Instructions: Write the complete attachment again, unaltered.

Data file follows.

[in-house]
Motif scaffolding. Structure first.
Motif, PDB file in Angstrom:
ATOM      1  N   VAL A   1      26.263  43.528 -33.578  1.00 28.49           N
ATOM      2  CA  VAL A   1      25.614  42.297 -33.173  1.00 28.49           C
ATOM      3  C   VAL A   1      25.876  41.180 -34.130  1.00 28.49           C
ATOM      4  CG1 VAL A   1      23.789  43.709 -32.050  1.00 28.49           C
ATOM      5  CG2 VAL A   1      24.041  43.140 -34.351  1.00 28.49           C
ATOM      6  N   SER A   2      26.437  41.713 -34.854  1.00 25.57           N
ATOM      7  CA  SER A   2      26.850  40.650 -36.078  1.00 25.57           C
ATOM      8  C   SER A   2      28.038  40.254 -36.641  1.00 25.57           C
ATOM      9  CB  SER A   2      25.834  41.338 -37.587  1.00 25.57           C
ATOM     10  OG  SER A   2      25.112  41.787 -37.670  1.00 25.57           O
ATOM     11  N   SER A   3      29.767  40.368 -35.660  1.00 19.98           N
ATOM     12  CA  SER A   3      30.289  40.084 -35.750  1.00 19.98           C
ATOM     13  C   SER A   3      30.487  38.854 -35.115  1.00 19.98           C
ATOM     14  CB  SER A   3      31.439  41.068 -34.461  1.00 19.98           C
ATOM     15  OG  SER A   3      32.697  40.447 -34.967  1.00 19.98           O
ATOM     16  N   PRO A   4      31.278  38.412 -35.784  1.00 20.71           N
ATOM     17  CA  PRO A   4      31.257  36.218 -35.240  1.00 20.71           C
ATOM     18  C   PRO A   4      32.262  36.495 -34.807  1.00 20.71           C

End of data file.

[in-house]
Motif scaffolding. Structure first.
Motif, PDB file in Angstrom:
ATOM      1  N   VAL A   1      26.263  43.528 -33.578  1.00 28.49           N
ATOM      2  CA  VAL A   1      25.614  42.297 -33.173  1.00 28.49           C
ATOM      3  C   VAL A   1      25.876  41.180 -34.130  1.00 28.49           C
ATOM      4  CG1 VAL A   1      23.789  43.709 -32.050  1.00 28.49           C
ATOM      5  CG2 VAL A   1      24.041  43.140 -34.351  1.00 28.49           C
ATOM      6  N   SER A   2      26.437  41.713 -34.854  1.00 25.57           N
ATOM      7  CA  SER A   2      26.850  40.650 -36.078  1.00 25.57           C
ATOM      8  C   SER A   2      28.038  40.254 -36.641  1.00 25.57           C
ATOM      9  CB  SER A   2      25.834  41.338 -37.587  1.00 25.57           C
ATOM     10  OG  SER A   2      25.112  41.787 -37.670  1.00 25.57           O
ATOM     11  N   SER A   3      29.767  40.368 -35.660  1.00 19.98           N
ATOM     12  CA  SER A   3      30.289  40.084 -35.750  1.00 19.98           C
ATOM     13  C   SER A   3      30.487  38.854 -35.115  1.00 19.98           C
ATOM     14  CB  SER A   3      31.439  41.068 -34.461  1.00 19.98           C
ATOM     15  OG  SER A   3      32.697  40.447 -34.967  1.00 19.98           O
ATOM     16  N   PRO A   4      31.278  38.412 -35.784  1.00 20.71           N
ATOM     17  CA  PRO A   4      31.257  36.218 -35.240  1.00 20.71           C
ATOM     18  C   PRO A   4      32.262  36.495 -34.807  1.00 20.71           C